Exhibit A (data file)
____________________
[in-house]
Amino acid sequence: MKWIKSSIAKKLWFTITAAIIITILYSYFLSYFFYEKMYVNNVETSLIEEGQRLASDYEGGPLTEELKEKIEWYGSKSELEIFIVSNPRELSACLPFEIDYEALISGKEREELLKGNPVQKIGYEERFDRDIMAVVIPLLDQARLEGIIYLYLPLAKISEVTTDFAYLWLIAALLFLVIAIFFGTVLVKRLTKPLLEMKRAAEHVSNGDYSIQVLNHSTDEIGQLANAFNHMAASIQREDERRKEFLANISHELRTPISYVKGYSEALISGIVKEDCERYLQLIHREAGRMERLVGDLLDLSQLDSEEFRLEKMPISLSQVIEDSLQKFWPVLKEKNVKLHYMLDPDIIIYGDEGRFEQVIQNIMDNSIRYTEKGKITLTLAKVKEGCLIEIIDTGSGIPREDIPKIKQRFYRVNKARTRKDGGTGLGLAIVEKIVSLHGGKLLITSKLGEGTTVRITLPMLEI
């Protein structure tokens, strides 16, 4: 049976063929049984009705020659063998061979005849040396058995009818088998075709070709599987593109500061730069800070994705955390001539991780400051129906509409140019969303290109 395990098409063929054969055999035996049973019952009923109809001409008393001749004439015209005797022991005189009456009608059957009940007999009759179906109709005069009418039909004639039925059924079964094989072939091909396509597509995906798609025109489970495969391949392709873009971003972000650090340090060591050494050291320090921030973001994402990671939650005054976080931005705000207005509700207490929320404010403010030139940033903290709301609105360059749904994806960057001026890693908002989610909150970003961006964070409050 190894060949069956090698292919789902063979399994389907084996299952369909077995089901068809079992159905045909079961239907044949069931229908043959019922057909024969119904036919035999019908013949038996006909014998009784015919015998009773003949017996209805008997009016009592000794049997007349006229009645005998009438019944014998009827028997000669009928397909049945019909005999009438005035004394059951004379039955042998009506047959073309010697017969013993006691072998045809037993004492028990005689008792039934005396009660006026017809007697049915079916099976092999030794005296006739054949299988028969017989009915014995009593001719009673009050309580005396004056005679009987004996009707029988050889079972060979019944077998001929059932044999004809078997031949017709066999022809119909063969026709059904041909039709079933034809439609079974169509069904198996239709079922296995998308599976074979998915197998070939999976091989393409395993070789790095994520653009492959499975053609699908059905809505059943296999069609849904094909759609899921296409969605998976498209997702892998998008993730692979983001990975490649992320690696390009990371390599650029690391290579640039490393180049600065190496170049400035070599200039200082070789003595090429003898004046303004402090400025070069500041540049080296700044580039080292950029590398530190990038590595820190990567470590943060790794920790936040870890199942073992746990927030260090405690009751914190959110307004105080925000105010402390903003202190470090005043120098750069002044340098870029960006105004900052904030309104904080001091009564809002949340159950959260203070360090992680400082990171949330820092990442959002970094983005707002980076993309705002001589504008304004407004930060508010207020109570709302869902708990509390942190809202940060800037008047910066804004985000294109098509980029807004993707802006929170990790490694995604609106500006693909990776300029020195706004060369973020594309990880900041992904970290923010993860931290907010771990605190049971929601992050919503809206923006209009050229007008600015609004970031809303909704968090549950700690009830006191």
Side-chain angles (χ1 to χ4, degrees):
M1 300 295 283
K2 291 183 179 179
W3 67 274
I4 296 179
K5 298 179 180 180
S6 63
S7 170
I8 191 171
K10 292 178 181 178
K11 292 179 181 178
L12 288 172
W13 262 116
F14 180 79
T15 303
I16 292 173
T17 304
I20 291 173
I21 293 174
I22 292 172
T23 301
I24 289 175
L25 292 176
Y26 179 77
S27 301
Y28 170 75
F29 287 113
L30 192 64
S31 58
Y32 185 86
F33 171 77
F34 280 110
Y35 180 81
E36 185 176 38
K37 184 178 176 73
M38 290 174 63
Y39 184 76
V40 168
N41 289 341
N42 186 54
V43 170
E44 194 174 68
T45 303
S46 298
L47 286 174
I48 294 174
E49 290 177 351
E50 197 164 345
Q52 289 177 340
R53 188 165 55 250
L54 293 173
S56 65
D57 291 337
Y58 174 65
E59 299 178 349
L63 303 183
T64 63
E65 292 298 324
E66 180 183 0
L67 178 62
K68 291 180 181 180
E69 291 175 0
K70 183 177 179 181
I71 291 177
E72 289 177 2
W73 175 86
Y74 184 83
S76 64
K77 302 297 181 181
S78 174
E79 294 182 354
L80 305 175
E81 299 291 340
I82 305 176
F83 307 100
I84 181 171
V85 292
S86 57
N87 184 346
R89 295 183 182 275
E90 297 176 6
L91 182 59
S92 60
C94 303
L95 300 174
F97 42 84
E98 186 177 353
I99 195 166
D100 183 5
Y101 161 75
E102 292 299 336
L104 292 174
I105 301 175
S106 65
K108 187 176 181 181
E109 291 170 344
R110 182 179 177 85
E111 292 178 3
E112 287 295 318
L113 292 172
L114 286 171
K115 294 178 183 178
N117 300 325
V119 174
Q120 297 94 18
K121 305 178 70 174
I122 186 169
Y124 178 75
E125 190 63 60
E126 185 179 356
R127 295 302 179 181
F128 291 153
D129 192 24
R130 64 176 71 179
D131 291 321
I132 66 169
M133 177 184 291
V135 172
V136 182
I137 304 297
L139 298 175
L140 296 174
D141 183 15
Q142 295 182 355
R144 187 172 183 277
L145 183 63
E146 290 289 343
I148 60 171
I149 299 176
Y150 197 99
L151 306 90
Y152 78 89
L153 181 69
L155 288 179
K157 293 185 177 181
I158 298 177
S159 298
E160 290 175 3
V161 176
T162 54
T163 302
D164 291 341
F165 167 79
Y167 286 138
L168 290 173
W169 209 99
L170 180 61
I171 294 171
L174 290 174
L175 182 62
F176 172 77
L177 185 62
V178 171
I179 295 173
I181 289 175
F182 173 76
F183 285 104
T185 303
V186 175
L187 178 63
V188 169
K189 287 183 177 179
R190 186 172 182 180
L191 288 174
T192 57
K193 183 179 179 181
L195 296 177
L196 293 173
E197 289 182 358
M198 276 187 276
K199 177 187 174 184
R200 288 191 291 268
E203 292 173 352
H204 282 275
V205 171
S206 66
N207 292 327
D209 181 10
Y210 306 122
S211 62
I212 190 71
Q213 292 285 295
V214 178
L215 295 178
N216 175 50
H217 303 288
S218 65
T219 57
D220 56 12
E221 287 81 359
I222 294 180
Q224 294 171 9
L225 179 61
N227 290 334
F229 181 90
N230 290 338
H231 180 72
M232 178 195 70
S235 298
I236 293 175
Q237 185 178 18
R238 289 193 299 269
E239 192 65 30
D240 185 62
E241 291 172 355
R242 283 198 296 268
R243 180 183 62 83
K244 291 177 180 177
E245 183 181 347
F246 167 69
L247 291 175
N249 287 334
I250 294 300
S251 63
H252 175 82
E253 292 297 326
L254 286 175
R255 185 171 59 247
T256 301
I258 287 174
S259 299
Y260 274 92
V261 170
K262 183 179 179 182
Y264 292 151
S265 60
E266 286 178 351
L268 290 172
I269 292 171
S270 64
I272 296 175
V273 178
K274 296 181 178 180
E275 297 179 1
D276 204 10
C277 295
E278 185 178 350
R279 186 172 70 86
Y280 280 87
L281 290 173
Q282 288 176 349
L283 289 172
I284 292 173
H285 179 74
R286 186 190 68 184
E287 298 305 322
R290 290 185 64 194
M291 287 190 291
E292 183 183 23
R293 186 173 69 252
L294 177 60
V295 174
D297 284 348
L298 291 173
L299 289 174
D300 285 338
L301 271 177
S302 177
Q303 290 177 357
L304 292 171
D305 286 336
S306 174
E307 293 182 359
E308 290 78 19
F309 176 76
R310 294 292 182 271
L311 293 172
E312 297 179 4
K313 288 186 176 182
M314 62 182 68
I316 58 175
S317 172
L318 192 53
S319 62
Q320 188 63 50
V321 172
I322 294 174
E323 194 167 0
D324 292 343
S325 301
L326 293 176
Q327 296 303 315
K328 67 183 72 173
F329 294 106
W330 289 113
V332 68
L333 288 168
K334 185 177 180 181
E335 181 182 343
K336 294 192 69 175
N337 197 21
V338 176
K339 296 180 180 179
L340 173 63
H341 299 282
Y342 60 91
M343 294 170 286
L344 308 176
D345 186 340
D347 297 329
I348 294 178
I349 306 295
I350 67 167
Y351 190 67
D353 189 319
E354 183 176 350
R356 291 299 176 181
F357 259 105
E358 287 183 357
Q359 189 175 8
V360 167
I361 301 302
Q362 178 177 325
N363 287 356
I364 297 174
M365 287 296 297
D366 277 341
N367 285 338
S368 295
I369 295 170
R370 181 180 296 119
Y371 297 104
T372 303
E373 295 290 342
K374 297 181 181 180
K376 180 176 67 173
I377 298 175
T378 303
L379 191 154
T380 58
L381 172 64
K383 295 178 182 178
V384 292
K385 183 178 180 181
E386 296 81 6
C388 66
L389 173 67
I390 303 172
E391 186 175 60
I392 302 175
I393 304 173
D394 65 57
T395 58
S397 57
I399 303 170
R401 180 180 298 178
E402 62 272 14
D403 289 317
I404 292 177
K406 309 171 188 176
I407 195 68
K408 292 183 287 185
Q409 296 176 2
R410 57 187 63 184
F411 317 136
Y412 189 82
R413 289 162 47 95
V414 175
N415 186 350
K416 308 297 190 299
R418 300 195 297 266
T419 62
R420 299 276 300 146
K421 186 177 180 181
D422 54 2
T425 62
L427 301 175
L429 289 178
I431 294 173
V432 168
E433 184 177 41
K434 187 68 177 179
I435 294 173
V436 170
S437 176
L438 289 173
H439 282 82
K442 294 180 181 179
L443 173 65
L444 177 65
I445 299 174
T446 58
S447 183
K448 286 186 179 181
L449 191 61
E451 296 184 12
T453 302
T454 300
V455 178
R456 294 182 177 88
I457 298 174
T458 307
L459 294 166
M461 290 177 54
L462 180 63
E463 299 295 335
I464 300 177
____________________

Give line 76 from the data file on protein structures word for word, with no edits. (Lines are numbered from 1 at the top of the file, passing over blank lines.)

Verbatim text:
E81 299 291 340